“My midlife friends and I now swap sleep advice as enthusiastically as we used to trade diet tips.” Ginny Graves wrote that line in her piece on insomnia we published four years ago. I’ve always remembered it and marveled at its deep truth. In midlife, I became an insomniac and I have spent years and much money trying different kinds of treatment, until I found something that worked for me.
I guard my relationship with the Sandman very carefully, and when I came across two new studies that show what can happen if you don’t get enough Zzzz-time, I’m very glad I’ve put so much effort into cultivating good sleep.
The Dementia Connection
The first study, published in Nature, found that getting too little time in dreamland can up your chances of cognitive decline and dementia. According to the study, which followed nearly 8,000 people in Britain for about 25 years, beginning when they were 50 years old, sleeping six hours or less in your 50s and 60s was associated with a 30 percent increased dementia risk in your 70s. Seven hours is considered normal.
I have spent years and much money trying to treat my insomnia.
“The study found a modest, but I would say somewhat important association of short sleep and dementia risk,” said Pamela Lutsey, an associate professor of epidemiology and community health at the University of Minnesota, told the New York Times. “Short sleep is very common and because of that, even if it’s modestly associated with dementia risk, it can be important at a societal level. Short sleep is something that we have control over, something that you can change.”
As for the reasoning behind the sleep-dementia connection, studies have found that cerebrospinal fluid levels of amyloid, a protein that clumps into plaques in Alzheimer’s, increase in insomniacs. Other studies of amyloid and another Alzheimer’s protein, tau, suggest that while you snooze these proteins are cleared from the brain.
The Libido Link
This particular connection—women who sleep poorly are nearly twice as likely to report issues such as lack of sexual interest or pleasure than women who get plenty of shut-eye—makes more sense. If you’re tired, it’s definitely difficult to get jazzed about using your bed for anything but snoozing. But researchers, being researchers, dug a little deeper on this connection.
For this study, which was published in Menopause, the Journal of the North American Menopause Society, scientists evaluated potential associations between sleep quality and duration and sexual function in more than 3,400 women, who had a mean age of 53 years. They concluded that poor sleep quality, but not sleep duration, was associated with greater odds of female sexual dysfunction (another way of saying it’s just not fun anymore). Good rest, in contrast, was linked with lots of sexy time.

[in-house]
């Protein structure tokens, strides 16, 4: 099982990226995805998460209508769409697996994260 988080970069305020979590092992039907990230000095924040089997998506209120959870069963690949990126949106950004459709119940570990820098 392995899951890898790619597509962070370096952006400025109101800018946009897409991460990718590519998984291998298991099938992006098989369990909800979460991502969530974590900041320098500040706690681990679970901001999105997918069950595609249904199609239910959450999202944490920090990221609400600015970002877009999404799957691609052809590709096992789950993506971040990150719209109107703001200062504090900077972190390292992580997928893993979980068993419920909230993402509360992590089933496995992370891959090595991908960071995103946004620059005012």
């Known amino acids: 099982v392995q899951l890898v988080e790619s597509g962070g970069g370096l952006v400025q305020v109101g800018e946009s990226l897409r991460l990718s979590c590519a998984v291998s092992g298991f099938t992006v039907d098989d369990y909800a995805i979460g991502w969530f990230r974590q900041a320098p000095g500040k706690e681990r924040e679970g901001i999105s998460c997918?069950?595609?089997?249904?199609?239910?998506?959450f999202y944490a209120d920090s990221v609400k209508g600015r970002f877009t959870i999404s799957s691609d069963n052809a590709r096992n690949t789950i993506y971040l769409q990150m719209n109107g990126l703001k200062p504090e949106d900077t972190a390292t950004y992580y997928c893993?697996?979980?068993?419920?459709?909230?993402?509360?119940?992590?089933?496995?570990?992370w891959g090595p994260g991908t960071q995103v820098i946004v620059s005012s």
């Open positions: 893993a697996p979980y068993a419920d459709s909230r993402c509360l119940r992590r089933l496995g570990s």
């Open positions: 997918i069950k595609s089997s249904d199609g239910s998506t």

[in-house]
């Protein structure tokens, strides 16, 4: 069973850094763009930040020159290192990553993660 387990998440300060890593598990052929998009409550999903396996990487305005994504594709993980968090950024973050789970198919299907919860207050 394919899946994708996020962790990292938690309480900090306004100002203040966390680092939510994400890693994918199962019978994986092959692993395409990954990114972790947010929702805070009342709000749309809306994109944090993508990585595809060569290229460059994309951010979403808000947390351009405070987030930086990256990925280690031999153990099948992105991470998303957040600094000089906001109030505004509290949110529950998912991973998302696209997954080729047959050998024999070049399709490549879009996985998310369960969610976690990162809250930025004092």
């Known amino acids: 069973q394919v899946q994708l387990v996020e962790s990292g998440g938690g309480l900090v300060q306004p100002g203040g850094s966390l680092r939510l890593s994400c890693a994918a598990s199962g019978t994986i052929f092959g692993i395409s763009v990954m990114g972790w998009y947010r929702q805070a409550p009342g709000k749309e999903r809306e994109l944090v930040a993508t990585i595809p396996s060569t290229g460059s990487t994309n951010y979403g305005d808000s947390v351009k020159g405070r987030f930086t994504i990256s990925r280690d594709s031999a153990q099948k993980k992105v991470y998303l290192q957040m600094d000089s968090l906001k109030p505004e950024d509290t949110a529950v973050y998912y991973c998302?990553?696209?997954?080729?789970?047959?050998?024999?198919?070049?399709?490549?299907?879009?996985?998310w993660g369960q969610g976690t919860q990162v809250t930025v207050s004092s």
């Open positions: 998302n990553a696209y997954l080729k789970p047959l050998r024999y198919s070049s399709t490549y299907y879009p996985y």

As we all know too well, both sleep and sex issues are common at this point in our lives. The menopause society reports that more than 26 percent of midlife women experience significant sleep symptoms that can be defined as insomnia, and sleep problems are reported by nearly half of women during the menopause. (This tracks with our own survey about sleep habits.) Up to 43 percent of women report sexual fizzle during this same period in their lives.
Why Is Sleep So Important?
My particular kind of insomnia is related to the concern that I won’t sleep well the next night, or ever again in my life.
I am not happy to know about these possible consequences of not getting enough sleep, actually. Anyone who has had trouble sleeping has heard the advice that you shouldn’t worry about one bad night. The idea is that the worst that happens is you have a bad day the next day but that you sleep really well the following night.
My particular kind of insomnia is related to the concern that I won’t sleep well the next night, or ever again in my life. One bad night leads me to obsess about all the dominos that will fall from my tossing and turning under the sheets.
I was glad to read in the New York Times article about dementia that at least one doctor understood how those of us who worry about sleep could be impacted by the findings in these recent studies. “Insomniacs—who probably don’t need something else to ruminate about in bed—shouldn’t worry that they are heading for dementia unless they get off to sleep immediately,” said Robert Howard, a professor of old age psychiatry at University College London. Thank you Professor Howard. Other scientists believe that the study on dementia, though broad, isn’t at all conclusive.
The upshot of all this is to not accept insomnia as inevitable; sleep is something you can cultivate, sort of like prized orchids. I like what Norma Kamalia—a fashion designer, yes, but one who has devoted herself and a new book to better health—at our virtual Out Loud event in February. “From the moment you wake in the morning, everything you do during the day impacts how you will sleep that evening. Therefore it is important to make sure the things you do are complementing a restful night, instead of undermining it.” Sleep is so important that you should work on it the whole day so you can get a whole night.